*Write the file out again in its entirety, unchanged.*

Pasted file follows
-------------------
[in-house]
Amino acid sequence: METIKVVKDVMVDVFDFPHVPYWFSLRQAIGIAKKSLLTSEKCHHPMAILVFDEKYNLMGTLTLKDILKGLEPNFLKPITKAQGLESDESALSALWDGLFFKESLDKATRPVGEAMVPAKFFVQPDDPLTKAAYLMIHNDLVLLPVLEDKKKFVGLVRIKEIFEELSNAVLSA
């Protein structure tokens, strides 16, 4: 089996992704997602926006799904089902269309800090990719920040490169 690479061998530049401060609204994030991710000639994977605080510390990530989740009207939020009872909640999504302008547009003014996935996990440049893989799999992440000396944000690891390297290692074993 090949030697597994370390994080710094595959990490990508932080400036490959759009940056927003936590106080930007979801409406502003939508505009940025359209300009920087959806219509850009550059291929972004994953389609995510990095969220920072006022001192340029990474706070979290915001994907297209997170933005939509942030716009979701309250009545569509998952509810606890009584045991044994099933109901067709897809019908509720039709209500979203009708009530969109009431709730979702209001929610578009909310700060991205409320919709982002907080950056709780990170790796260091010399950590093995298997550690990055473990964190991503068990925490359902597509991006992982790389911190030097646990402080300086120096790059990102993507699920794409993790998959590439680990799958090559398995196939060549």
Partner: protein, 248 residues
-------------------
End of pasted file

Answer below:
[in-house]
Amino acid sequence: METIKVVKDVMVDVFDFPHVPYWFSLRQAIGIAKKSLLTSEKCHHPMAILVFDEKYNLMGTLTLKDILKGLEPNFLKPITKAQGLESDESALSALWDGLFFKESLDKATRPVGEAMVPAKFFVQPDDPLTKAAYLMIHNDLVLLPVLEDKKKFVGLVRIKEIFEELSNAVLSA
């Protein structure tokens, strides 16, 4: 089996992704997602926006799904089902269309800090990719920040490169 690479061998530049401060609204994030991710000639994977605080510390990530989740009207939020009872909640999504302008547009003014996935996990440049893989799999992440000396944000690891390297290692074993 090949030697597994370390994080710094595959990490990508932080400036490959759009940056927003936590106080930007979801409406502003939508505009940025359209300009920087959806219509850009550059291929972004994953389609995510990095969220920072006022001192340029990474706070979290915001994907297209997170933005939509942030716009979701309250009545569509998952509810606890009584045991044994099933109901067709897809019908509720039709209500979203009708009530969109009431709730979702209001929610578009909310700060991205409320919709982002907080950056709780990170790796260091010399950590093995298997550690990055473990964190991503068990925490359902597509991006992982790389911190030097646990402080300086120096790059990102993507699920794409993790998959590439680990799958090559398995196939060549």
Partner: protein, 248 residues